Written by Kimberley Gittens, RD on behalf of Rachel McBryan, RD 

Minerals are essential nutrients that your body needs to function properly. They play important roles in many bodily functions, including building strong bones, transmitting nerve signals, and regulating heart rhythm. A deficiency in any one of them can lead to serious health problems, which means it is important to consume a balanced diet that includes a variety of nutrient-dense foods to ensure that you are getting enough of these important nutrients.

You may be familiar with some of the common minerals such as calcium, iron and potassium. But, there are many more minerals which play an important role in health.


Phosphorous is the second most plentiful mineral in your body, with the average adult having approximately 750 grams of the mineral stored in their body. 

This mineral plays many important roles throughout the body. It is essential for moving enzymes around your body, producing energy, regulating your blood pH and controlling gene transcription. The majority of phosphorus in your body can be found in bones and teeth, while smaller amounts are found in cell membranes as well as in our DNA and RNA.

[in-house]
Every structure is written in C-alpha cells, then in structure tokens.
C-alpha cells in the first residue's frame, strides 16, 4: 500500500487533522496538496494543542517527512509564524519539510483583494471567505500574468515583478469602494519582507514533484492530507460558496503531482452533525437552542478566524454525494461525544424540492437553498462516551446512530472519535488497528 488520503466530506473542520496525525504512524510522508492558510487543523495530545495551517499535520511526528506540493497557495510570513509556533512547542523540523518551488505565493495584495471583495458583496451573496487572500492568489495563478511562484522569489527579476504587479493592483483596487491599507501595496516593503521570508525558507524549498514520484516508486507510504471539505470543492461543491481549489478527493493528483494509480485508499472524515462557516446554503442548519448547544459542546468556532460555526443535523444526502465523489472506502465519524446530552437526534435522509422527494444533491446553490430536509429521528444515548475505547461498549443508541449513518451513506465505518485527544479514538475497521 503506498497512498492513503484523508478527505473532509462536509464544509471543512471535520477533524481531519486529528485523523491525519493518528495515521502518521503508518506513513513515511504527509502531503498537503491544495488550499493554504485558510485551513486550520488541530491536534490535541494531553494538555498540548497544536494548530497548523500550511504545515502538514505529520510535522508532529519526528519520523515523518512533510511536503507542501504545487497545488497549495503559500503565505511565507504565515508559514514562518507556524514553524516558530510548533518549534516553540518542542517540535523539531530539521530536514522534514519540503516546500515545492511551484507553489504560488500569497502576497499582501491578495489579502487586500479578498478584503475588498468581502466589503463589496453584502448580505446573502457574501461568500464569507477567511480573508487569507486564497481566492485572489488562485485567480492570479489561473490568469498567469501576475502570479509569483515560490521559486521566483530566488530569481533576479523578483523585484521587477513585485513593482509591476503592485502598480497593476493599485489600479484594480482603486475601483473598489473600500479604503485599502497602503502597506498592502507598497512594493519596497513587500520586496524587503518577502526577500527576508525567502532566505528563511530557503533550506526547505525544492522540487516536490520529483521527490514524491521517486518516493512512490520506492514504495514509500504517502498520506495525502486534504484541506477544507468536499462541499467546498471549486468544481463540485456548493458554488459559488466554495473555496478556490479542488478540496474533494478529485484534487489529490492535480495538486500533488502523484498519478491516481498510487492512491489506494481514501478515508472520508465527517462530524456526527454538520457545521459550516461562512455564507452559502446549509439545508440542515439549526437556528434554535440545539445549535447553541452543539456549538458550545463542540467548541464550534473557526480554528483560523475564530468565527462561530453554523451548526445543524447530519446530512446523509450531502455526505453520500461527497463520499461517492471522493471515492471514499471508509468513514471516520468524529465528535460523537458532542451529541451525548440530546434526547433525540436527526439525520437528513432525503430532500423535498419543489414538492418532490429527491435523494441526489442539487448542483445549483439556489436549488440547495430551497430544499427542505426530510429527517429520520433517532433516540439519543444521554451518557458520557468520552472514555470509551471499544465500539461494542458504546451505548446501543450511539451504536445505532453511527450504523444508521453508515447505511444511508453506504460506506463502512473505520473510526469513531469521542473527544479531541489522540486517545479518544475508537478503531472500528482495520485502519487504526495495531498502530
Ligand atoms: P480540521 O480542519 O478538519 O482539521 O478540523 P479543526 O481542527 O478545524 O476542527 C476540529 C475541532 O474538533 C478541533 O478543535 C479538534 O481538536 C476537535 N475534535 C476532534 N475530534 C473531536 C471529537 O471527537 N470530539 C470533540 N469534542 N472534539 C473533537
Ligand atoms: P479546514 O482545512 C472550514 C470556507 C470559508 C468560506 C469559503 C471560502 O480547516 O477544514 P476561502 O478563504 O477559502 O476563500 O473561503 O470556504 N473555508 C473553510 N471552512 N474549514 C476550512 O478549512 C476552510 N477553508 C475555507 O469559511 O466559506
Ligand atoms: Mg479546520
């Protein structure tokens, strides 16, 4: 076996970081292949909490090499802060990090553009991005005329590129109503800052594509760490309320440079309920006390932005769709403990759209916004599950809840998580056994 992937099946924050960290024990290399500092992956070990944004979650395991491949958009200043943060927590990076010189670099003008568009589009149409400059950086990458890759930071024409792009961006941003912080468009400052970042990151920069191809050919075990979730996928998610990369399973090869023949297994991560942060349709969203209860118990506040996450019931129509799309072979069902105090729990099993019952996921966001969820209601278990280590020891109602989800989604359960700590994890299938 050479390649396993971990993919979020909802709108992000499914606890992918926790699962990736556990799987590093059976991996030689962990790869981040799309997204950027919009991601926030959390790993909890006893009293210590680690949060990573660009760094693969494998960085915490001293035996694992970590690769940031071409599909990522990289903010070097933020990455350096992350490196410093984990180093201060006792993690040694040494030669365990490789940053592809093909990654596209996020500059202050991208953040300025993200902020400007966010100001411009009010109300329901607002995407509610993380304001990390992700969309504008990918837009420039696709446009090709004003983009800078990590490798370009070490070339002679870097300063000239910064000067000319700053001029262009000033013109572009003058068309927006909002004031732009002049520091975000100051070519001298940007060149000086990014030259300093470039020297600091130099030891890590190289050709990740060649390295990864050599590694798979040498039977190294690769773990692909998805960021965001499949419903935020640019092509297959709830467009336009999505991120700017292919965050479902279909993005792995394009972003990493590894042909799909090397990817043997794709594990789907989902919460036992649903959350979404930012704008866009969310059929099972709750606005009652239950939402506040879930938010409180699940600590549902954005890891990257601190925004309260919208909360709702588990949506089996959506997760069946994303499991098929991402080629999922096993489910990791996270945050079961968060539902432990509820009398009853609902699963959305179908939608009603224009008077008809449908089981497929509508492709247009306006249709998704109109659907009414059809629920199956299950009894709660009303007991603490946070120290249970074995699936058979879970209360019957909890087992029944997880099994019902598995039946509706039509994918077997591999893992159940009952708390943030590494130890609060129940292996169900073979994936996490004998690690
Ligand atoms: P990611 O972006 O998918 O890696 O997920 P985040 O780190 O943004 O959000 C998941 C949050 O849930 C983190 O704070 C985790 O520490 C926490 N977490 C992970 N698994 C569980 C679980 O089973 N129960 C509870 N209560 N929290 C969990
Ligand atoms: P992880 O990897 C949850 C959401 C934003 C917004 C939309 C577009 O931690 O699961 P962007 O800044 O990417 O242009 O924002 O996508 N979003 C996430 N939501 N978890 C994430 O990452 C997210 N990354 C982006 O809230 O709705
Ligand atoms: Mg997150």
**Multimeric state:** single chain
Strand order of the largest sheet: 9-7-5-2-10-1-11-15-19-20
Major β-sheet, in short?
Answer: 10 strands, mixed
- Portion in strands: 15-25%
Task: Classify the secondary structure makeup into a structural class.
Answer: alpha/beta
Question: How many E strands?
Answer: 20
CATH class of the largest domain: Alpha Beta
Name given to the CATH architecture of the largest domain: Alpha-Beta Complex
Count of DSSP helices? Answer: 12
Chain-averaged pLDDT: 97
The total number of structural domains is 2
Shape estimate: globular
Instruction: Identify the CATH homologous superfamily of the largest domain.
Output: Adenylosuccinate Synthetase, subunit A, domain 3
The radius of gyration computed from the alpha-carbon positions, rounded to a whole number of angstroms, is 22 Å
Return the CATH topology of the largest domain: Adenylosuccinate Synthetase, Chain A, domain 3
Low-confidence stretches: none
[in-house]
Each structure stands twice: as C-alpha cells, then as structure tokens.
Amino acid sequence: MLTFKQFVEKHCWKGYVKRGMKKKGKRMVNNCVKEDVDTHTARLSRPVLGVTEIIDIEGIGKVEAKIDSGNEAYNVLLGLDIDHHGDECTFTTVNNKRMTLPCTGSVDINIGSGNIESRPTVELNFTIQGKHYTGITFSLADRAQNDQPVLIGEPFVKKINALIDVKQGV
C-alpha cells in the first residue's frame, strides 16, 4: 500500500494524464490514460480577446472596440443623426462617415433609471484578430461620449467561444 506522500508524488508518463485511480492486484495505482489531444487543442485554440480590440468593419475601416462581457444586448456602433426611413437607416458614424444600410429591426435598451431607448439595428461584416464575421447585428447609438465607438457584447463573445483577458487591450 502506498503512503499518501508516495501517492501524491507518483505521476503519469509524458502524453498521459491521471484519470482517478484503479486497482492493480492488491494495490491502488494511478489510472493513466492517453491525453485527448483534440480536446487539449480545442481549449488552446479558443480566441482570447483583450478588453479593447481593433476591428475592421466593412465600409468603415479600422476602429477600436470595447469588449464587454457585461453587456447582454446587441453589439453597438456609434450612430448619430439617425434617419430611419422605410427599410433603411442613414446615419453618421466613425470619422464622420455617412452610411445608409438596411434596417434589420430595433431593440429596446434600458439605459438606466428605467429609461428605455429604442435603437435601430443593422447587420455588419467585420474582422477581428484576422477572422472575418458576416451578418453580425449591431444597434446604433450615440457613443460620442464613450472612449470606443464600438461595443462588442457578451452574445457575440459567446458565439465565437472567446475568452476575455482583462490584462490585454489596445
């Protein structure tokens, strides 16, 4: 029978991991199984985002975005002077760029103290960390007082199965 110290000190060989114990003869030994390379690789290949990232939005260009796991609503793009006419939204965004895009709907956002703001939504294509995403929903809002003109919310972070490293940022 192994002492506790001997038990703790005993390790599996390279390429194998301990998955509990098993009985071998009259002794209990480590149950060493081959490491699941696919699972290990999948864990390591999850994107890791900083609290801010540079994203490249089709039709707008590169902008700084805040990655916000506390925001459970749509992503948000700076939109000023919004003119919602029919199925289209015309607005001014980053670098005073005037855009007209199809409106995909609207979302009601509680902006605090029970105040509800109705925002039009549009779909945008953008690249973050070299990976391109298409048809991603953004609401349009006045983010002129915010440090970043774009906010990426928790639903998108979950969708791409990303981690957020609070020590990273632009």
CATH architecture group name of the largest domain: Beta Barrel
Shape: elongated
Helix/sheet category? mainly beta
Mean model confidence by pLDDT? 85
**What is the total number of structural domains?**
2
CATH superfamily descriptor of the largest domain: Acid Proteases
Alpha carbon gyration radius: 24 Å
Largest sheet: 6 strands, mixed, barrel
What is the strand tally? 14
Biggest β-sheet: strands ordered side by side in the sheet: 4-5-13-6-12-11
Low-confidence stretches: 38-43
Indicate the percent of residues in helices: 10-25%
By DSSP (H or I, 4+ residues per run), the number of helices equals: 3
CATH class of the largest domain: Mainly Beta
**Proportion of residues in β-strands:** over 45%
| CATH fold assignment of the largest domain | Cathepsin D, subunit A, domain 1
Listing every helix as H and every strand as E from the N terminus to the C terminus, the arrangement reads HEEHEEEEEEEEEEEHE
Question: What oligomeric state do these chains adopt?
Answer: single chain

Health Canada recommends healthy people over the ages of 9 and 18 years old consume 1,250 milligrams of phosphorus each day, while adults over the age of 18 consume 700 milligrams daily. You can find a complete list of adequate intakes on Health Canada’s website. Including phosphorus-rich foods in your diet is a great way to ensure you meet recommended intakes. 

Sources of Phosphorous

You can find phosphorous in a wide range of food products. Some phosphorus-rich foods include, 

    • Milk
    • Atlantic salmon
    • Mozerella cheese
    • Lentils
    • Cashews
    • Potatoes
    • Kidney beans
    • Brown rice
    • Whole wheat bread
    • Tomatoes
    • Yogurt

Phosphorous is also added to many foods to extend their shelf-life. You can find phosphorous additives in the ingredients list. These additives can account for 300 to 1,000 milligrams of our daily intakes of the mineral. 

Cashews are a great source of phosphorus, which is one of the essential minerals for health.


You may have been told at on point or another in your life, that calcium is important to grow up strong and healthy. We know that it plays an important role in building strong bones and teeth, but calcium also plays many other important roles throughout your body. Your body uses calcium for,